Insurance implications

Naturally, when a product is defective or causes injury, insurance can be brought into the claim. Product liability and negligence issues can arise. While some product liability is covered by the commercial general liability (CGL) policy under products-completed operations liability, businesses that manufacture, distribute or sell potentially hazardous products are better served by the coverages of a specific Products Liability policy to cover the legal liability for the quality of their products.

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For example, the ISO CGL does not provide coverage for manufacturing defects, or for product recall. Product liability insurance provides coverage for an insured’s liability for bodily injury or property damage from a third party due to a defect or malfunction of a product, and pays for the insured’s legal fees and any damages awarded because of the faulty product, as well as reimbursement for any products that need to be recalled.

Related: The 8 most misunderstood coverage issues in CGL insurance

Karen L. Sorrell, CPCU, is an editor and insurance technical resource with FC&S, a resource for insurance coverage analysis. Sorrell can be reached at ksorrell@alm.com.

A toy manufacturer is required by law to exercise reasonable care in its design and manufacture so that the toy does not cause undue harm. (Photo: Shutterstock)

Regardless of the type of injury, the actual legal basis for a product liability claim will be negligence of the designer or manufacturer of the toy. Four main elements would need to be proven in the claim:

– the toy was defective;
– the defective toy was caused by negligence of the designer or manufacturer;
– the injury was a direct result of the negligence in design or manufacture of the toy;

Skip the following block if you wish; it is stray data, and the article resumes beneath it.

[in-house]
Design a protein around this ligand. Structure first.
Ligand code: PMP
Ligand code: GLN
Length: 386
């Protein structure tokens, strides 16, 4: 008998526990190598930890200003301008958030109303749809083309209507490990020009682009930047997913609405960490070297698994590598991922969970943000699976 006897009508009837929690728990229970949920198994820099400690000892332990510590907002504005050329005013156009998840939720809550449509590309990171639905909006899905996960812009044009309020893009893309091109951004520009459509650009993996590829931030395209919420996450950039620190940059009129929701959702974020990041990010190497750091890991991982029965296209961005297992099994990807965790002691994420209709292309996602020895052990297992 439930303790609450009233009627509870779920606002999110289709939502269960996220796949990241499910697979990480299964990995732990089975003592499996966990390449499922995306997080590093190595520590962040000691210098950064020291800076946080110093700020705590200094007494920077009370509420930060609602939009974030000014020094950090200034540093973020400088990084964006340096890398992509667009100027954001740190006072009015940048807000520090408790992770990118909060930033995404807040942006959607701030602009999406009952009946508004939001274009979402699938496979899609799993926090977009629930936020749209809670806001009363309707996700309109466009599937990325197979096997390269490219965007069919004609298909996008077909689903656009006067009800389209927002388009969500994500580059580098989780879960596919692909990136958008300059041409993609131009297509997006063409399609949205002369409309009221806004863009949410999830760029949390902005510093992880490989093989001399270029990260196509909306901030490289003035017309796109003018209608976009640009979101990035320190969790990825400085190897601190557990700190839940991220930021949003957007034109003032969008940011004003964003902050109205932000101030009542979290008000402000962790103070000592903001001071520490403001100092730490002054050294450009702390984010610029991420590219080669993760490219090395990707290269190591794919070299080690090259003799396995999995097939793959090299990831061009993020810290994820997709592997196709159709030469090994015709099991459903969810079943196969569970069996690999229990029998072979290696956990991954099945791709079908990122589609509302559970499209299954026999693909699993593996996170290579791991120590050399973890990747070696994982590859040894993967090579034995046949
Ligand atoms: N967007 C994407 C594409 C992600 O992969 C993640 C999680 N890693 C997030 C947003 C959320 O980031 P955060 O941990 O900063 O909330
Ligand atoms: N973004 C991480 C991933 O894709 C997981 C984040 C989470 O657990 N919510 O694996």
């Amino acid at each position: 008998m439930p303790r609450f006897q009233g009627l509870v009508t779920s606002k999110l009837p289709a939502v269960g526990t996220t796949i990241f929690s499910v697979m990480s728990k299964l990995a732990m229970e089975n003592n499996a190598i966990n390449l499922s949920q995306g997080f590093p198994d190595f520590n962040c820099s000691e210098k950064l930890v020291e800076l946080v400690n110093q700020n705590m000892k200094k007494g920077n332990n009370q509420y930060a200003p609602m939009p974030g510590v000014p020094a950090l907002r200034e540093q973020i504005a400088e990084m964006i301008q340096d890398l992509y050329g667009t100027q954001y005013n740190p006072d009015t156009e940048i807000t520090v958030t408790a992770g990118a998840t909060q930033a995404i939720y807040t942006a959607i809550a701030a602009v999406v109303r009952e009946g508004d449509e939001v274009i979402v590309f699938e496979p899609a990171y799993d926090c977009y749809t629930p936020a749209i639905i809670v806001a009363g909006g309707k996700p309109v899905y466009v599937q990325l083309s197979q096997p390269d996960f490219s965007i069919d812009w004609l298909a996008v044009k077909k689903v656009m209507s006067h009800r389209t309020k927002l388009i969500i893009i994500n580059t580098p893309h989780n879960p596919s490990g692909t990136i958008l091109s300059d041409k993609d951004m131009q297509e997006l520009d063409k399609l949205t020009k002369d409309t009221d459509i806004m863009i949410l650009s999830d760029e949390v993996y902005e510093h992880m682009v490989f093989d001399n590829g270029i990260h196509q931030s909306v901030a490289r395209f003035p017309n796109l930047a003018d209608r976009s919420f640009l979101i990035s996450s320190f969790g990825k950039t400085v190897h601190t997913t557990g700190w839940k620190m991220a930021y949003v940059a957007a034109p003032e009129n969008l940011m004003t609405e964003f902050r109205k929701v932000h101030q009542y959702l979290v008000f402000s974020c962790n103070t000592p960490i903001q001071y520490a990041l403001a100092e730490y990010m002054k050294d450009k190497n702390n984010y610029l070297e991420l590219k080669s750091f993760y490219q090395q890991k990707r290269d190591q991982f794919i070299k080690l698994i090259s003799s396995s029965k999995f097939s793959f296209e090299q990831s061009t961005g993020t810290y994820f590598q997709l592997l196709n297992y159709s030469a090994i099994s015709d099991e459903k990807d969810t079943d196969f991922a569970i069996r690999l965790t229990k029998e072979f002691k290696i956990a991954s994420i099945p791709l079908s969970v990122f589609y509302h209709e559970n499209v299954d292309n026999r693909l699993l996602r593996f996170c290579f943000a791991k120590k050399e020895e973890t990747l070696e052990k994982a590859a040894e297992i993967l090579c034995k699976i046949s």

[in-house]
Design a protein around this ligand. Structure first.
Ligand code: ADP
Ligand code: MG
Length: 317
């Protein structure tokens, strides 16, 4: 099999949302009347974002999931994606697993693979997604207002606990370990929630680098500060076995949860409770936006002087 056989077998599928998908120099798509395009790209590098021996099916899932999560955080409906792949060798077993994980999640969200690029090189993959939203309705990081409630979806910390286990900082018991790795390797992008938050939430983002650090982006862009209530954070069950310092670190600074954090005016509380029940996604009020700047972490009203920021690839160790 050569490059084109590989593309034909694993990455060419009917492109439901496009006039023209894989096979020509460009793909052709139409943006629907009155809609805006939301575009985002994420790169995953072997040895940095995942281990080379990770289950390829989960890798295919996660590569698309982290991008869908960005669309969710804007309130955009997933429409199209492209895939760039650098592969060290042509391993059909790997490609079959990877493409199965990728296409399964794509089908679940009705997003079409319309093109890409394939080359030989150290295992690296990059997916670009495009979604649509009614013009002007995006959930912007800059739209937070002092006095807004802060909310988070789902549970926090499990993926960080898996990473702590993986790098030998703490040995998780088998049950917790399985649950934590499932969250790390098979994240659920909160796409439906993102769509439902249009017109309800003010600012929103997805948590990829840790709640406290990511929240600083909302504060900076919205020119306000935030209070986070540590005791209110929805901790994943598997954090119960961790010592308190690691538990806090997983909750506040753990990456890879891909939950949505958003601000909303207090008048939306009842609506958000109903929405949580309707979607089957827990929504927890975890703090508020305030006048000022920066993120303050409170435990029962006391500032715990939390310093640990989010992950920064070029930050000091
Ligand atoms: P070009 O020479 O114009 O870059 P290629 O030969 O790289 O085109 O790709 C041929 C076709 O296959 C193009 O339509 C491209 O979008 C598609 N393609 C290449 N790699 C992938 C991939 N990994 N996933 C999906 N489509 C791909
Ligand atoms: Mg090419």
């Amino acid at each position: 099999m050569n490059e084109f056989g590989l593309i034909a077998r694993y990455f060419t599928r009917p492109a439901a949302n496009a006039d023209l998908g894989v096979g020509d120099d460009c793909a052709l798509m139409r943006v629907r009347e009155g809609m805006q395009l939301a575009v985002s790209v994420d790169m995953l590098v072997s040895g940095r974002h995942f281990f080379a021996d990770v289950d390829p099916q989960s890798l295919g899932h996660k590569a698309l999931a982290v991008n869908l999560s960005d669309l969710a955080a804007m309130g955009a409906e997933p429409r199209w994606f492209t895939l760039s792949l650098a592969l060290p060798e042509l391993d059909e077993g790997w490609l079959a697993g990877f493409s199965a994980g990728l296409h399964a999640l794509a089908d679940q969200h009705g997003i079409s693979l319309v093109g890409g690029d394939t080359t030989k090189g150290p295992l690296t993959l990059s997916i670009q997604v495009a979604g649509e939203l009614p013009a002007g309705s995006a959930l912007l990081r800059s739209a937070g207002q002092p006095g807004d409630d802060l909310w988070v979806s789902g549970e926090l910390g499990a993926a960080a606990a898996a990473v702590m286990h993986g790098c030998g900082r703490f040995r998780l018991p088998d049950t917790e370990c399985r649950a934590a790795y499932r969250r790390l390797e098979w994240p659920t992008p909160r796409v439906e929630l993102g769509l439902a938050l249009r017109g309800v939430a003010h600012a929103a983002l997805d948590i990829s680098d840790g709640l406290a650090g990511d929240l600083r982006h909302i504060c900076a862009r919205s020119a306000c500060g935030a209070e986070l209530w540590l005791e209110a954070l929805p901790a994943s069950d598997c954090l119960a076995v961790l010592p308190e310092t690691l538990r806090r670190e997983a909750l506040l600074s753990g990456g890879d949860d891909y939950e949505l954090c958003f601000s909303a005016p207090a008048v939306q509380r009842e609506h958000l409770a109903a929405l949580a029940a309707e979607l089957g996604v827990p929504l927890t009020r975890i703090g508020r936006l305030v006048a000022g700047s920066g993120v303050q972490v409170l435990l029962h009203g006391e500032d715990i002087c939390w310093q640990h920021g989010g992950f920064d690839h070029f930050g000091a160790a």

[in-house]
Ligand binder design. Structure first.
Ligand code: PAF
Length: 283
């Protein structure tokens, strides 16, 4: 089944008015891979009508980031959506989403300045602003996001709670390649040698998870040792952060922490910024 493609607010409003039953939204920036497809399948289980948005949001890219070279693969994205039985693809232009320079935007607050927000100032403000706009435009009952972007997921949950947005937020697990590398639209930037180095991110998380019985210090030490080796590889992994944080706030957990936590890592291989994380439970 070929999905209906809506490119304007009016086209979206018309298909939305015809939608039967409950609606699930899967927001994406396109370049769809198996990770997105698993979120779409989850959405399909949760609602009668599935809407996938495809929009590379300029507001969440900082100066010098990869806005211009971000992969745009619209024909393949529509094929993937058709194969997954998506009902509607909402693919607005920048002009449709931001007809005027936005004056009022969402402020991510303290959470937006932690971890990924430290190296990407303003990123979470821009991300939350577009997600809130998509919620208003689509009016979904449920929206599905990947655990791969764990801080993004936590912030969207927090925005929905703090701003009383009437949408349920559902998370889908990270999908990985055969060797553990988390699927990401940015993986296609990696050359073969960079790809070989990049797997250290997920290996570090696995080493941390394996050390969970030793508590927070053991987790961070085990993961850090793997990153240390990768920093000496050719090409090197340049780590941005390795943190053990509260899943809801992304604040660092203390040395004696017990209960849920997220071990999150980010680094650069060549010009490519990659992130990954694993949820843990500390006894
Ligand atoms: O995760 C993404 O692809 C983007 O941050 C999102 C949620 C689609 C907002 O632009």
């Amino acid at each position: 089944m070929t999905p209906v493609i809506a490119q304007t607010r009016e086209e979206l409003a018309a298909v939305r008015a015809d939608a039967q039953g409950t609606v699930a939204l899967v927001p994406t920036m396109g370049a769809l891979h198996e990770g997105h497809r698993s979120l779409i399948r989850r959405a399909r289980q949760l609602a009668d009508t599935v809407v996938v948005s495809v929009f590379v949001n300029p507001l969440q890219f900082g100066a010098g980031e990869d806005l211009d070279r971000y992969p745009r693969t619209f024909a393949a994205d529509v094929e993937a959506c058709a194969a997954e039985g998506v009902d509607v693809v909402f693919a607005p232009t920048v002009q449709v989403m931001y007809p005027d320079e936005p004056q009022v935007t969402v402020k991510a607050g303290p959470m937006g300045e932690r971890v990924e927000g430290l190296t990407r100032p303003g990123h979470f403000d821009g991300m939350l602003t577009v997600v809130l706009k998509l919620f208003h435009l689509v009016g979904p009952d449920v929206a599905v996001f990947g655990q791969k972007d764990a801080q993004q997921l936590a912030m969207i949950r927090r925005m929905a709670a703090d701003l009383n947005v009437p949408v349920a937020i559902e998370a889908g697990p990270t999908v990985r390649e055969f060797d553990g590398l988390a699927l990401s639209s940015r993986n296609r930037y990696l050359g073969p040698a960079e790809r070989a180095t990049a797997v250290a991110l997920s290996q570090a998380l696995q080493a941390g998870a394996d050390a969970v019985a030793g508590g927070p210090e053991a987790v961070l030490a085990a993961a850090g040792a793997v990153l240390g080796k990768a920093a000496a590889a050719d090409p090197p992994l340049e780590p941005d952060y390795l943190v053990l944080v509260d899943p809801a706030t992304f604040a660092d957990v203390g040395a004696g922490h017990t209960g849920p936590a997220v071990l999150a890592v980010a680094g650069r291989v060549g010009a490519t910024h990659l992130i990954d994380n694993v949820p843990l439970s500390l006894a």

– the injuries were compensable damage.

A toy manufacturer is required by law to exercise reasonable care in its design and manufacture so that the toy does not cause undue harm. It would be unreasonable for a manufacturer to absolutely cover any and all ways a child could be injured by the toy (such as in their misuse).

An exception to this would be where the design or manufacture of a toy is clearly hazardous because of its obvious dangerous design, manufacturing flaw or inadequate warnings. In this case, the manufacturer would be subject to strict liability and the courts would not require that the claim prove negligence, but rather only that the injuries were compensable (as in the case of miniature cars painted with lead based paint which resulted in lead poisoning to a child).

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In the case of children’s products, product liability claims can be made against the manufacturer, supplier, distributor or retailer/seller. Because the seller could be held liable should the manufacturer go out of business or not be identified or other, they must do everything reasonably possible to ensure that the toys they sell are safe for children. This is especially true when the products are made in different countries, as the seller needs to be responsible for offering toys that meet the industry’s quality and safety standards.

The fidget spinners on the market today are a trend that will likely fade in popularity over time, such as the Yo-Yo and Rubik’s cube. Until that time, the industry could very well see claims arising from the hazards of choking and misuse of these popular toys.

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Karen L. Sorrell, CPCU, is an editor and insurance technical resource with FC&S, a resource for insurance coverage analysis. Sorrell can be reached at ksorrell@alm.com.